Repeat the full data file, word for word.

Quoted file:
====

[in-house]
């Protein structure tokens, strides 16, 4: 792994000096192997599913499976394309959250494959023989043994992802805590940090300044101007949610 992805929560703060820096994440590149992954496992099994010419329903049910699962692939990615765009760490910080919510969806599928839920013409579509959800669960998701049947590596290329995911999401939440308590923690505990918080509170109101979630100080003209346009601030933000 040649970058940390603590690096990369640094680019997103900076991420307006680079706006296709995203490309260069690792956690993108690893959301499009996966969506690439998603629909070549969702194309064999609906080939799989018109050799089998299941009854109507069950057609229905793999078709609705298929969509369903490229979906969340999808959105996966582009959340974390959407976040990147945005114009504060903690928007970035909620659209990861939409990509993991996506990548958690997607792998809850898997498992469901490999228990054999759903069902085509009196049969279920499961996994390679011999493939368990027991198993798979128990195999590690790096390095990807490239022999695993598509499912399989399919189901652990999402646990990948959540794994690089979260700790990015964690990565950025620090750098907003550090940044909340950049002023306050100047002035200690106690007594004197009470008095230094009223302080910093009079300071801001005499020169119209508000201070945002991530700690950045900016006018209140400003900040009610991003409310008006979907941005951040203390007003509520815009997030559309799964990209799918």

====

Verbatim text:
[in-house]
């Protein structure tokens, strides 16, 4: 792994000096192997599913499976394309959250494959023989043994992802805590940090300044101007949610 992805929560703060820096994440590149992954496992099994010419329903049910699962692939990615765009760490910080919510969806599928839920013409579509959800669960998701049947590596290329995911999401939440308590923690505990918080509170109101979630100080003209346009601030933000 040649970058940390603590690096990369640094680019997103900076991420307006680079706006296709995203490309260069690792956690993108690893959301499009996966969506690439998603629909070549969702194309064999609906080939799989018109050799089998299941009854109507069950057609229905793999078709609705298929969509369903490229979906969340999808959105996966582009959340974390959407976040990147945005114009504060903690928007970035909620659209990861939409990509993991996506990548958690997607792998809850898997498992469901490999228990054999759903069902085509009196049969279920499961996994390679011999493939368990027991198993798979128990195999590690790096390095990807490239022999695993598509499912399989399919189901652990999402646990990948959540794994690089979260700790990015964690990565950025620090750098907003550090940044909340950049002023306050100047002035200690106690007594004197009470008095230094009223302080910093009079300071801001005499020169119209508000201070945002991530700690950045900016006018209140400003900040009610991003409310008006979907941005951040203390007003509520815009997030559309799964990209799918």